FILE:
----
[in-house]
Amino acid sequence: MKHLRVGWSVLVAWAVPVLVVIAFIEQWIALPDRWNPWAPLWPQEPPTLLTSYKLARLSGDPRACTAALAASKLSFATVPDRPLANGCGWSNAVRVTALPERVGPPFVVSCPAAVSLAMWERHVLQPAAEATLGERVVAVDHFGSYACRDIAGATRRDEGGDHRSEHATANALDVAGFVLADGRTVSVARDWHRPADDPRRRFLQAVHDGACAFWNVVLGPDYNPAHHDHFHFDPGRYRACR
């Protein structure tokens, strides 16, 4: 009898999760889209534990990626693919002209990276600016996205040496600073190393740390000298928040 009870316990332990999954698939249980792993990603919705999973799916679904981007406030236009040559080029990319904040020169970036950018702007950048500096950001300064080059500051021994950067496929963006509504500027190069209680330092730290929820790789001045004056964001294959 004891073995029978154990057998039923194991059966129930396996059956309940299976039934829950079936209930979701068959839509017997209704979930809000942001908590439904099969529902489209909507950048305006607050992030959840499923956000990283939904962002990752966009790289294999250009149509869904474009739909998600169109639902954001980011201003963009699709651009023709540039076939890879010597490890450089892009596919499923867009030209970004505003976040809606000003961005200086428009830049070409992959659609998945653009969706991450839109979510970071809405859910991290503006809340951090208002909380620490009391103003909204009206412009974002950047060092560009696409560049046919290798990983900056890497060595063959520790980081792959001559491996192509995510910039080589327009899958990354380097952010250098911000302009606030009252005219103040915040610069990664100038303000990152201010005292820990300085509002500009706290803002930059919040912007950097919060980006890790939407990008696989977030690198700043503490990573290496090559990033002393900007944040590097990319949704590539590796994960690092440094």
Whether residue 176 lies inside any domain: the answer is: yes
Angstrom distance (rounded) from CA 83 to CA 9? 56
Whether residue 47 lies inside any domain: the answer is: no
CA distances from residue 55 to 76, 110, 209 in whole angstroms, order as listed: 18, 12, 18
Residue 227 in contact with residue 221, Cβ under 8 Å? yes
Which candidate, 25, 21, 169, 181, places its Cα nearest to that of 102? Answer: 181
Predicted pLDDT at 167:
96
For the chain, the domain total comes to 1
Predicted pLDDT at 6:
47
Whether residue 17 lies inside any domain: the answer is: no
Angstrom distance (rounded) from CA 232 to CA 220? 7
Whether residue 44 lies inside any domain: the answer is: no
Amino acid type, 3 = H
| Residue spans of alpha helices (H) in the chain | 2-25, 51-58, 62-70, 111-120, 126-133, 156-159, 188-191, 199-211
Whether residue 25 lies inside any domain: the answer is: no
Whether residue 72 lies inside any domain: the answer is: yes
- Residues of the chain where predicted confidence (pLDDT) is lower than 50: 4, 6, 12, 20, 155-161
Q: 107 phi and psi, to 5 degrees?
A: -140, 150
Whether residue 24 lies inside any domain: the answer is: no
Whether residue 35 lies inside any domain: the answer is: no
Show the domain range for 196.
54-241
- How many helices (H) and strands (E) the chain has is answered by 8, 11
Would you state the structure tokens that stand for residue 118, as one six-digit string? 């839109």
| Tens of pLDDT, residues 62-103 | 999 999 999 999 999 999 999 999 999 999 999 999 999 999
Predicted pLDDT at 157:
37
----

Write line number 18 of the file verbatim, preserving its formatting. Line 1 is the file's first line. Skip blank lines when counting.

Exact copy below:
Amino acid type, 3 = H